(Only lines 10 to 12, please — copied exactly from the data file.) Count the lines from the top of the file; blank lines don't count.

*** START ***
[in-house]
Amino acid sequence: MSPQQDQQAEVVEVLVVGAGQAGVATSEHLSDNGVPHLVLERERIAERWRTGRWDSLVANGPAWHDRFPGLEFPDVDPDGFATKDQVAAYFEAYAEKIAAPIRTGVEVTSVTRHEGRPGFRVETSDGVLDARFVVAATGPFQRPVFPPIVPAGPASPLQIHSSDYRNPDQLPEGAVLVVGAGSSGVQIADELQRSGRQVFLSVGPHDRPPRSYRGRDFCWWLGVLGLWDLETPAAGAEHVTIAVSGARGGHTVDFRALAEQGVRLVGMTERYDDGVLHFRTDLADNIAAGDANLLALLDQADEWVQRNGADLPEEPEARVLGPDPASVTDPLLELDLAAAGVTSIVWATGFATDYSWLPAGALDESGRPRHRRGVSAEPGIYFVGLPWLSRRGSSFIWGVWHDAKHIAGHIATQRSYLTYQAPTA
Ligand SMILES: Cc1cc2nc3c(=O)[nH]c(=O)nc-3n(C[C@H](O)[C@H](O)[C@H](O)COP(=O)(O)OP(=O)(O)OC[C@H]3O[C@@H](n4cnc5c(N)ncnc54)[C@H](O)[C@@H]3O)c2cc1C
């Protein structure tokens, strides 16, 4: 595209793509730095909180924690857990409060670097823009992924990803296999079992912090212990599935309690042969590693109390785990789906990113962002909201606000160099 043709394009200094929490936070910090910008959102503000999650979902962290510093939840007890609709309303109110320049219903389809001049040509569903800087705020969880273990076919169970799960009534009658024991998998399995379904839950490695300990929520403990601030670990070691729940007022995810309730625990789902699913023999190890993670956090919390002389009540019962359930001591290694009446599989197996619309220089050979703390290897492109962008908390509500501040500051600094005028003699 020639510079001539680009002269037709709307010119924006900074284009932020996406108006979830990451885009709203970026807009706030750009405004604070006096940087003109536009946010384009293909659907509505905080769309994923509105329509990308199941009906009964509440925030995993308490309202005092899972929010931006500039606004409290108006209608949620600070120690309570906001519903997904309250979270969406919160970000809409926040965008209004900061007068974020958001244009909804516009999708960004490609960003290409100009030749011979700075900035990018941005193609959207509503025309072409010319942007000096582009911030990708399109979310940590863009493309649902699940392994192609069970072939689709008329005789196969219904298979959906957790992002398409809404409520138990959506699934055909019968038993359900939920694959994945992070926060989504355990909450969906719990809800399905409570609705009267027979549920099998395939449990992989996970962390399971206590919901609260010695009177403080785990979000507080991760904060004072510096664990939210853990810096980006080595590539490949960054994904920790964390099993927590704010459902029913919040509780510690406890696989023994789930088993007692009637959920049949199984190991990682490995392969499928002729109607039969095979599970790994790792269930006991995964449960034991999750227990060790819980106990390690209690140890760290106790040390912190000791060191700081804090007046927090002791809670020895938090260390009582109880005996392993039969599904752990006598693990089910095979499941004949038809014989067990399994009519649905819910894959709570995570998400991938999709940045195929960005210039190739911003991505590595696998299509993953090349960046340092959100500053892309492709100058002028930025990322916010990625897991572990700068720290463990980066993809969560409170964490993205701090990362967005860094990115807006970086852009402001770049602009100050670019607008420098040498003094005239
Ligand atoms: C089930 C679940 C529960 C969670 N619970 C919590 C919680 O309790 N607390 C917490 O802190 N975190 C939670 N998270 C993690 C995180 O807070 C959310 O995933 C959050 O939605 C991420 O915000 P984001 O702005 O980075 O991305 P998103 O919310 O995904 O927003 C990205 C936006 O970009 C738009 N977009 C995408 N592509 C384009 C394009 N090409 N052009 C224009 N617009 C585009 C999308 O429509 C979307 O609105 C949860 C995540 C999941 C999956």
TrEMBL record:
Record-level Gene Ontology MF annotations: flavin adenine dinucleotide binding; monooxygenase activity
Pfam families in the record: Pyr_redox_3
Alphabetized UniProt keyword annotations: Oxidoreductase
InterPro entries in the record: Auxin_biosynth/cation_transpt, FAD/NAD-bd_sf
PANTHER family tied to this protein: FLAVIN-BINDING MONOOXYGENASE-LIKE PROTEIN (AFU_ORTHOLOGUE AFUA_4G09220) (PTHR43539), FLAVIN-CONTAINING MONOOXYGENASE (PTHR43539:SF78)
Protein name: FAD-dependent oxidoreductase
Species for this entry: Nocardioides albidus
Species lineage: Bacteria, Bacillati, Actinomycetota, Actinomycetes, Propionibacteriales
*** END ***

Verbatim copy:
InterPro entries in the record: Auxin_biosynth/cation_transpt, FAD/NAD-bd_sf
PANTHER family tied to this protein: FLAVIN-BINDING MONOOXYGENASE-LIKE PROTEIN (AFU_ORTHOLOGUE AFUA_4G09220) (PTHR43539), FLAVIN-CONTAINING MONOOXYGENASE (PTHR43539:SF78)
Protein name: FAD-dependent oxidoreductase